North to Alaska! Part 4

Part 1
Part 2
Part 3

The 4th of July is a big deal in King Cove. I guess it's a big deal everywhere in the states, really, but it's one of those times when smalltown America really shines. And you don't get much smaller than a town of maybe 800 folks, most of whom earn a living either fishing, canning fish, servicing fishing boats, or collecting a check from the native corporation. 

(I don't know the specifics, but apparently most of the Aleut tribes are incorporated; maybe it's a tax thing, I dunno. Maybe all Native American tribes act like that; I didn't really check. But as a corporation they get to disperse funds to all members of the tribe from the money they get for stuff like fishing rights, land ownership, and whatever other deals they work out with the government. Before you get all Tea Party on me, I don't think those guys are making a whole hell of a lot individually, but if anyone can stretch a dollar it's the people living where food comes in on a barge every couple weeks and bears routinely come prowling around your house.)

Anyway, the entire town comes together for the Fourth, which is often kind of the kickoff to their summer. Kat and I walked around town with her crewmates and buddies while watching all the little kids in footraces and pie eating contests and things. It was just like my memories of the 4th growing up, except there were mountains and volcanoes and an ocean. 


I Should Just Shut My Stupid Mouth

I've always been too big a smart-ass for my own good. My life is riddled with events where, if I had just shut the hell up instead of trying to get the last word in or needling someone over the edge with one more "witty" barb, things could've gone much better than they did. I've talked myself into way more ass-kickings and public humiliations than a single person should endure before deciding to change up their approach, and yet still I find myself in situations like last night:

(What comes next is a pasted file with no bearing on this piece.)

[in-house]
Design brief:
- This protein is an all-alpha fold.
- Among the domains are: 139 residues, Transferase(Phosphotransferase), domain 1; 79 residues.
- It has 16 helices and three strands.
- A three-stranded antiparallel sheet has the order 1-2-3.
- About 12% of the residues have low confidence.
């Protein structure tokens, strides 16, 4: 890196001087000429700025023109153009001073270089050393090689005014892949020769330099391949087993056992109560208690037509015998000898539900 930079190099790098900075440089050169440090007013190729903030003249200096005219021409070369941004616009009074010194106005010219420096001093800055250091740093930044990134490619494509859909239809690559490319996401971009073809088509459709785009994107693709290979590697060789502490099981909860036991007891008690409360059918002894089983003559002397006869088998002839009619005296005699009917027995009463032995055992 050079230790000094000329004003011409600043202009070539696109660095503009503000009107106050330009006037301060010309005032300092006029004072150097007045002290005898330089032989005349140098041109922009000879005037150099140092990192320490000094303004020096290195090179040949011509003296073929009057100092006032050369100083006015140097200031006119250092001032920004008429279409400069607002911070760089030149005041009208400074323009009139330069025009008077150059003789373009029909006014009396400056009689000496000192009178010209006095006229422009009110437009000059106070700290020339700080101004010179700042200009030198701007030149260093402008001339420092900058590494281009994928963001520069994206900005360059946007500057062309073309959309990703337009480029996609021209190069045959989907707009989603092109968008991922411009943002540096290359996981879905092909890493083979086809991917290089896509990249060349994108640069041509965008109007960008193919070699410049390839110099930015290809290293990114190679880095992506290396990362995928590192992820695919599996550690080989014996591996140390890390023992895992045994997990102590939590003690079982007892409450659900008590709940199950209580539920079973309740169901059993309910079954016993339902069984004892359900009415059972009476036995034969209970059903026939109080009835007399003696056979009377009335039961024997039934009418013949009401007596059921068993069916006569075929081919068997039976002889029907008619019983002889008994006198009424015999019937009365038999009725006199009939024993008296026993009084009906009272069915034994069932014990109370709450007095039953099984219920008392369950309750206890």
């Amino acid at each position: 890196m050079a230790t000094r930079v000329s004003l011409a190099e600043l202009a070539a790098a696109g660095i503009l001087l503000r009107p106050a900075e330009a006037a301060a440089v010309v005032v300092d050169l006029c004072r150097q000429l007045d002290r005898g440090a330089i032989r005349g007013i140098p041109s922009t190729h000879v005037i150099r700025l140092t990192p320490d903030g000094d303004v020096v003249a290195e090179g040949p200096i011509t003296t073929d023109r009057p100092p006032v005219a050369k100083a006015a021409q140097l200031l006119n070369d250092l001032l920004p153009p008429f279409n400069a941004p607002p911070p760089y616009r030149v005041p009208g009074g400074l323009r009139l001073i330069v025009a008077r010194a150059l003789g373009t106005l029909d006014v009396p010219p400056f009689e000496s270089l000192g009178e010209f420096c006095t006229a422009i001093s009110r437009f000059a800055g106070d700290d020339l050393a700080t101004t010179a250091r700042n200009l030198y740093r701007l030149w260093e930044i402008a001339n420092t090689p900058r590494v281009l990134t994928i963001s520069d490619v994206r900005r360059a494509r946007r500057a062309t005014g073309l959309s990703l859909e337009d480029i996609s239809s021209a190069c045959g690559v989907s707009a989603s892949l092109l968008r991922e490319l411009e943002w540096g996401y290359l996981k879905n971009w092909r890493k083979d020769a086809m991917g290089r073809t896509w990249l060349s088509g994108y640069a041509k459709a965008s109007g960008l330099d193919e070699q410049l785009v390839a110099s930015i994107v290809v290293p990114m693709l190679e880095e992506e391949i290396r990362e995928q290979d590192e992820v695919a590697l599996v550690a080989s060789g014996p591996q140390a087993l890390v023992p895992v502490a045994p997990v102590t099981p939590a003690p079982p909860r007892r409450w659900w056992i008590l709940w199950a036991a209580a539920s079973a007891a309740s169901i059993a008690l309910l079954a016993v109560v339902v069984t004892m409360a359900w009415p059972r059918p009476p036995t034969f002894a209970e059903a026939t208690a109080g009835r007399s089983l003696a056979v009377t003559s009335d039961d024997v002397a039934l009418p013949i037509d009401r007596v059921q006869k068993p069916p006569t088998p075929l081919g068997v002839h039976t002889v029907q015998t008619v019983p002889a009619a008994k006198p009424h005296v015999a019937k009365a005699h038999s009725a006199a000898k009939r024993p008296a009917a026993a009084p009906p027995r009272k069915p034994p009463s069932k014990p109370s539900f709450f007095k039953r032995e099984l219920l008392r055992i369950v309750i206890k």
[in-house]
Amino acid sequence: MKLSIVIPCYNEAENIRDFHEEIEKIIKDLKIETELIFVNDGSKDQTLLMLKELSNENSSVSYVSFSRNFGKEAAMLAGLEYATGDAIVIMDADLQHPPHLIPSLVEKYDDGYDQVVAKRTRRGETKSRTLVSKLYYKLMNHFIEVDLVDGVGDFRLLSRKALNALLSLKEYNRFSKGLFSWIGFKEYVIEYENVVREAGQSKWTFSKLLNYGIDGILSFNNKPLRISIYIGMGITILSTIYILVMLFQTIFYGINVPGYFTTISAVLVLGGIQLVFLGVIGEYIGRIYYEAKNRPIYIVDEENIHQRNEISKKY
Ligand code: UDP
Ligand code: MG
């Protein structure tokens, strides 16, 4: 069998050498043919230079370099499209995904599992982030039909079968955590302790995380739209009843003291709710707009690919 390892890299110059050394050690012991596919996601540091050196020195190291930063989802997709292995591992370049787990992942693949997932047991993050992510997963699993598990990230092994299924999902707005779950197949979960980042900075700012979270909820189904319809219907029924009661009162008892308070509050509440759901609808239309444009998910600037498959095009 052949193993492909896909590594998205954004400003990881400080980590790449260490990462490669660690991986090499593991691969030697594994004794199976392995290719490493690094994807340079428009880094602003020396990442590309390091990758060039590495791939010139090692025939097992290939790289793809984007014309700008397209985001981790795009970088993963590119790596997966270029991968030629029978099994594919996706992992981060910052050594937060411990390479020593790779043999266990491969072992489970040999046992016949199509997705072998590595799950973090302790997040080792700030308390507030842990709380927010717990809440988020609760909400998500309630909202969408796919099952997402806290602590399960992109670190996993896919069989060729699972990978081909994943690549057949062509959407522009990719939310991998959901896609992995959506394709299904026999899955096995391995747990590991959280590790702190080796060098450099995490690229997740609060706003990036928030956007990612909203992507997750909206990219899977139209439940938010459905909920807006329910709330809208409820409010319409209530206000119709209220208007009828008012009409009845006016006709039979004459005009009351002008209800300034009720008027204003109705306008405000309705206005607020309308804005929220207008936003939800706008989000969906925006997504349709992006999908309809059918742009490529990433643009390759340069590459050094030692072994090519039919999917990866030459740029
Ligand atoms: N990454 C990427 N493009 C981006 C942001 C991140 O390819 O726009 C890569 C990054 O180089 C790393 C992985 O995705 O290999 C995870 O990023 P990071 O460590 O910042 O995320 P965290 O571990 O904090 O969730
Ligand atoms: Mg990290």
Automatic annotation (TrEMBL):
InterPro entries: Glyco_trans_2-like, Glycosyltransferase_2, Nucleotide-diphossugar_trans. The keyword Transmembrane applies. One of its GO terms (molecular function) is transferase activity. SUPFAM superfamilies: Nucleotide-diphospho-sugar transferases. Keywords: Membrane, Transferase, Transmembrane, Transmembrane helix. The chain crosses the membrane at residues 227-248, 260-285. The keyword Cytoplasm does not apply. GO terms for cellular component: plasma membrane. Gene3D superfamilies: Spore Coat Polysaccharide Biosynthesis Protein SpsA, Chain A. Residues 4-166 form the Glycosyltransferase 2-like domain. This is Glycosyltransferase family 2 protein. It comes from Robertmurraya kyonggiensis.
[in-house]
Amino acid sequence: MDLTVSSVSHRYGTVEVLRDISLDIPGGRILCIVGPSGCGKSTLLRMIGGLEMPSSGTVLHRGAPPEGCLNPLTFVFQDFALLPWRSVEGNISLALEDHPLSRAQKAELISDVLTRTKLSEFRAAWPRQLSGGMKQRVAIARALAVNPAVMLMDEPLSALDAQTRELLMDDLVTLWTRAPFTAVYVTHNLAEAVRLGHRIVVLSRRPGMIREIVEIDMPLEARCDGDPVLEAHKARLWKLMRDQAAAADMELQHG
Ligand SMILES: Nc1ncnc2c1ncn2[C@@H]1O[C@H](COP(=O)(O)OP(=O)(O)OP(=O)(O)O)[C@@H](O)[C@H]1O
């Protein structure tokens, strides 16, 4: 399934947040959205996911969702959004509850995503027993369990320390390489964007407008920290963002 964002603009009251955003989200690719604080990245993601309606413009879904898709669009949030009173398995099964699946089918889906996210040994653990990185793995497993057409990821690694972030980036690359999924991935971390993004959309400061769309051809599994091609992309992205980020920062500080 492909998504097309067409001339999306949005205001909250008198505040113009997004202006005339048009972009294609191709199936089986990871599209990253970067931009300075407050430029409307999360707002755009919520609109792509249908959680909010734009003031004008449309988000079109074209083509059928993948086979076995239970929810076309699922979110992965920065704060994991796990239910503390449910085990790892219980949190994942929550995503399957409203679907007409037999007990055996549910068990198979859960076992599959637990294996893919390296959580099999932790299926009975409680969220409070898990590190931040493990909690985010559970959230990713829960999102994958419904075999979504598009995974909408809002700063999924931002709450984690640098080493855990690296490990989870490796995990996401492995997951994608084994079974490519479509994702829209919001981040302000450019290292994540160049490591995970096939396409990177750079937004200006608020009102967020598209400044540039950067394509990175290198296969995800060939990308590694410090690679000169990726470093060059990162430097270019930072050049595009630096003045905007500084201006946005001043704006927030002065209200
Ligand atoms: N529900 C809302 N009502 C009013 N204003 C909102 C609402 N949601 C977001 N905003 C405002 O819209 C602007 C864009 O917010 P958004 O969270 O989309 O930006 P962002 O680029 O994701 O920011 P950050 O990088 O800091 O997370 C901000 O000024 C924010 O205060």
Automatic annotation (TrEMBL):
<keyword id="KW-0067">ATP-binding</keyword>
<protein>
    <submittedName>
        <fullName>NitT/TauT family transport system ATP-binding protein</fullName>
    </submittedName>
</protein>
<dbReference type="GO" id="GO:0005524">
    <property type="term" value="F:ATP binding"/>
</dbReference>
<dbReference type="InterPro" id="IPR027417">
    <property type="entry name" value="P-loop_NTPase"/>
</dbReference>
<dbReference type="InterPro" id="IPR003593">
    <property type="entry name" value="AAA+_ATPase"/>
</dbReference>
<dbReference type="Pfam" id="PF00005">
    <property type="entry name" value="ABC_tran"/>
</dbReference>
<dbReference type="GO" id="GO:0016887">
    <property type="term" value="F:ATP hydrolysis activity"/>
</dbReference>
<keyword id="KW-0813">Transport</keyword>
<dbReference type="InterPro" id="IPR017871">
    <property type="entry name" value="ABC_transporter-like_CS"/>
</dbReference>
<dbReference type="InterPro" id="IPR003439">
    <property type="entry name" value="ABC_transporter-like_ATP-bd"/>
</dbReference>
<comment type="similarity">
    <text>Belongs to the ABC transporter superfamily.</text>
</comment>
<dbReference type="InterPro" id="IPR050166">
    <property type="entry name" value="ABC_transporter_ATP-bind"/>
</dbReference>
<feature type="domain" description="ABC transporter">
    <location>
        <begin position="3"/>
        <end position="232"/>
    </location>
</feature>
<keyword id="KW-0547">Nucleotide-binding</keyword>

North to Alaska! Part 3

Continuing the tale of my Alaskan exploits this last two summers ago...

I don't know why it's taken me over two years just to tell this story. Luckily I took notes. Thanks to the one anonymous person who commented that they actually liked reading about it and reminded me to finish the damn thing.

As the plane roared off into the sky and left us in a cold-but-sunny valley with a constant barrage of wind buffeting us, it suddenly sank in just how "out there" we really were. Cell phones didn't work. There was no one working the "airfield" (a strip of gravel fenced in to keep out grizzly bears and a single aluminum shed), and from where we stood there wasn't even a road. It was just us and the wind.

I did my best to distract myself from the panic attack that was building in my brain by taking in the landscape: the harsh winds (did I mention it was REALLY fucking windy?) prevented any sort of tree from growing, but this being July in Southwest Alaska it was as green as it gets. The hills were covered in thick, rolling grass as green and verdant as a painting. It swayed and undulated hypnotically under the winds, and the shadows of clouds raced across its surface like ships on an ocean. The sky was a brilliant azure, so bright it bordered on pearlescent. It was like someone had re-tuned my vision and suddenly I was seeing in high definition.


Ain't That America